Portfolios may be grouped into three types: formative, summative, and professional. Formative portfolios collect evidence of a students work over the entire course of the academic program, showing beginning work as well as work demonstrating mastery. For summative portfolios, only the best work in each category is selected. Professional portfolios select from among the best work and retain only those pieces that one would want to present to the public, for example for a potential employer. The different types of portfolios may be used for different purposes in program-level assessment. Formative portfolios document development over time and may be thought of as equivalent to a pre-post evaluation. Summative portfolios do not show development but may be used to demonstrate mastery of intended learning outcomes. Professional portfolios provide evidence of mastery and also relate directly to programs whose goals include employability or preparation for graduate study.
Portfolios may combine multiple types of evidence and are not necessarily limited to classroom work. For example, portfolios may contain research papers, presentations, videos, audio recordings, work done through employment, or journal entries discussing co-curricular activities or programs. Once the material is collected, it falls upon an individual or group to establish a system by which to evaluate the contents of the portfolio in terms of a programs learning outcomes.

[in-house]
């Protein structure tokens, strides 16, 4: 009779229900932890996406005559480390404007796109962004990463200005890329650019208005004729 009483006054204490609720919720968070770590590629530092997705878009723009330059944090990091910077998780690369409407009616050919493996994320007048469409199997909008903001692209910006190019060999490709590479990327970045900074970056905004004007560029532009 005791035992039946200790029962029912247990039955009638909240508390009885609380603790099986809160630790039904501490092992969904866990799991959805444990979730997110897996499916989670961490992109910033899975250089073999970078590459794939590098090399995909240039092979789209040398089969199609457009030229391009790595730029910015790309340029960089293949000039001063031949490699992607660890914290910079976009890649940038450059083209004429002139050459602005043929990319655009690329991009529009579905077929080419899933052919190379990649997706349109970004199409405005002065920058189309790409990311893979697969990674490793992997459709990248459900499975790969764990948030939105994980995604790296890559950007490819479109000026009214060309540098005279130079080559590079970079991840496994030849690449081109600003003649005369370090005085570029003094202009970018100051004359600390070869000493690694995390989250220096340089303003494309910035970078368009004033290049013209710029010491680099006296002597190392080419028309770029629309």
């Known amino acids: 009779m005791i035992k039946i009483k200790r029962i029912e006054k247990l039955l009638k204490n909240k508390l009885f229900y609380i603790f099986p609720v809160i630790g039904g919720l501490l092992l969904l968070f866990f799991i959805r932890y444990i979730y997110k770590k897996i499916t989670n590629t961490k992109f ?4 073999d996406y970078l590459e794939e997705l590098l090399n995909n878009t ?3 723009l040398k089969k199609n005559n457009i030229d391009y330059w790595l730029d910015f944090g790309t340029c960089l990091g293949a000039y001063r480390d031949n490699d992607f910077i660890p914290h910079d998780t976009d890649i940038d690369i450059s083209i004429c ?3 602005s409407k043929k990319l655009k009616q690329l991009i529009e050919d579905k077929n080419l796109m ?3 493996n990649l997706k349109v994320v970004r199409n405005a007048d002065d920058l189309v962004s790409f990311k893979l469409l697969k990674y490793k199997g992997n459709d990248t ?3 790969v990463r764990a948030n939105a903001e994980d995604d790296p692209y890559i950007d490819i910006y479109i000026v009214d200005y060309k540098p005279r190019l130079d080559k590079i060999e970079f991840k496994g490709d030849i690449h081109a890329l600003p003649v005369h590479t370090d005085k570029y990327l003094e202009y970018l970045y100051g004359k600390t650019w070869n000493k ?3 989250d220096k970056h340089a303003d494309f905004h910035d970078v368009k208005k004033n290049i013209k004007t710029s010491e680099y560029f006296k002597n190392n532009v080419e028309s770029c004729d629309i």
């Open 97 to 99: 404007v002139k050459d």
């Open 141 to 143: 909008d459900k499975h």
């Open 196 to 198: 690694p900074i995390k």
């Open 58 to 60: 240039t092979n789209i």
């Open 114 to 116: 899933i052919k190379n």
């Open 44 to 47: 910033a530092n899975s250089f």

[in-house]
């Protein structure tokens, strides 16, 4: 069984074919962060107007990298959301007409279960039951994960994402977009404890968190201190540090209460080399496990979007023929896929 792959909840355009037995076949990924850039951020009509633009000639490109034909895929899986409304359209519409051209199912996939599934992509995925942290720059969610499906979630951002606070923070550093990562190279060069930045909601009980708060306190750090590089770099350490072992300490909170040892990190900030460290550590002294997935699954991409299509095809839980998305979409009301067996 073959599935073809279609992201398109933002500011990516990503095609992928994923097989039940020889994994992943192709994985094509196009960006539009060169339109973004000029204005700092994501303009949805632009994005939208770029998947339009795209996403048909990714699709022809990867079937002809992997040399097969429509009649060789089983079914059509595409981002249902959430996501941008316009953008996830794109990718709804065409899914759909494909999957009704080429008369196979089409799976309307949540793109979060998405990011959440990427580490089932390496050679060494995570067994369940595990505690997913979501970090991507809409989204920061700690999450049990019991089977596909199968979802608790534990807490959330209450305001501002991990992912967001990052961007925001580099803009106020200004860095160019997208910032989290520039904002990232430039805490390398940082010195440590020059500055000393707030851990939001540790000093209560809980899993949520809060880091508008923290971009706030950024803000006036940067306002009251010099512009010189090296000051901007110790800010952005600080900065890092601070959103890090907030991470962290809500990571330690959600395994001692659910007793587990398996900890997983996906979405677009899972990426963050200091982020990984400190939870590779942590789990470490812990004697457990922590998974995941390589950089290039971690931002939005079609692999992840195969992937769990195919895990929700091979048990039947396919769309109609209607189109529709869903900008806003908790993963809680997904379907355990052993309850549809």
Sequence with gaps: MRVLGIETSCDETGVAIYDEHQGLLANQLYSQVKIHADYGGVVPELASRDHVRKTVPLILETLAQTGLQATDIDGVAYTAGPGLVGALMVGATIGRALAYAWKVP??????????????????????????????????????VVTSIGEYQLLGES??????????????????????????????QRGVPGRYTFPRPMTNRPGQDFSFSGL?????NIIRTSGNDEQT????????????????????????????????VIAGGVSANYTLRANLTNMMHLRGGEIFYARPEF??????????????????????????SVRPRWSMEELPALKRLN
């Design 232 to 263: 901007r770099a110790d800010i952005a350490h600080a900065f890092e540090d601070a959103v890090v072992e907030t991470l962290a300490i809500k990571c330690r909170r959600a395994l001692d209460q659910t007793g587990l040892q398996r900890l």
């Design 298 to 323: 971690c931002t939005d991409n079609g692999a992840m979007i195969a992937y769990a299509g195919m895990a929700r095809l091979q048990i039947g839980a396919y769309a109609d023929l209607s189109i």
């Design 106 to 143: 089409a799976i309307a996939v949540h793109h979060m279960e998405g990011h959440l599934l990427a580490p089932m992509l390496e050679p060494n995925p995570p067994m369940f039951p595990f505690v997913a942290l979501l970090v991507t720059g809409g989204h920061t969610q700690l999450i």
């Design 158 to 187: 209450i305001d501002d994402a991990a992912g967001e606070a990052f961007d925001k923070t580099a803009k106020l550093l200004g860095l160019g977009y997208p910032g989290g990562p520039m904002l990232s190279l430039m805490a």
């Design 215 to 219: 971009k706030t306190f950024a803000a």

In the College of Education and Allied Studies at BSU, portfolios are used to document each students competence in teacher preparation as required by the National Council for Accreditation of Teacher Education (NCATE). This is a different purpose from that for program assessment. In program assessment, a cross section of students may be appropriately sampled to evaluate student learning outcomes, but in teacher preparation, the intent is to validate every students competence.
A key question in portfolios arises in the collection of evidence. In teacher preparation, students themselves collect and save the material, and online systems are now available to assist in that process. But for program assessment, the department itself may have to assemble the student portfolios; in this case, issues must be considered about how the students are to be informed of the fact that their work is being assessed for programmatic reasons. Some faculty members ask students to sign consent forms to copy work products and to use student work products in accreditation reports. More information on this can be obtained from the BSU Institutional Review Board.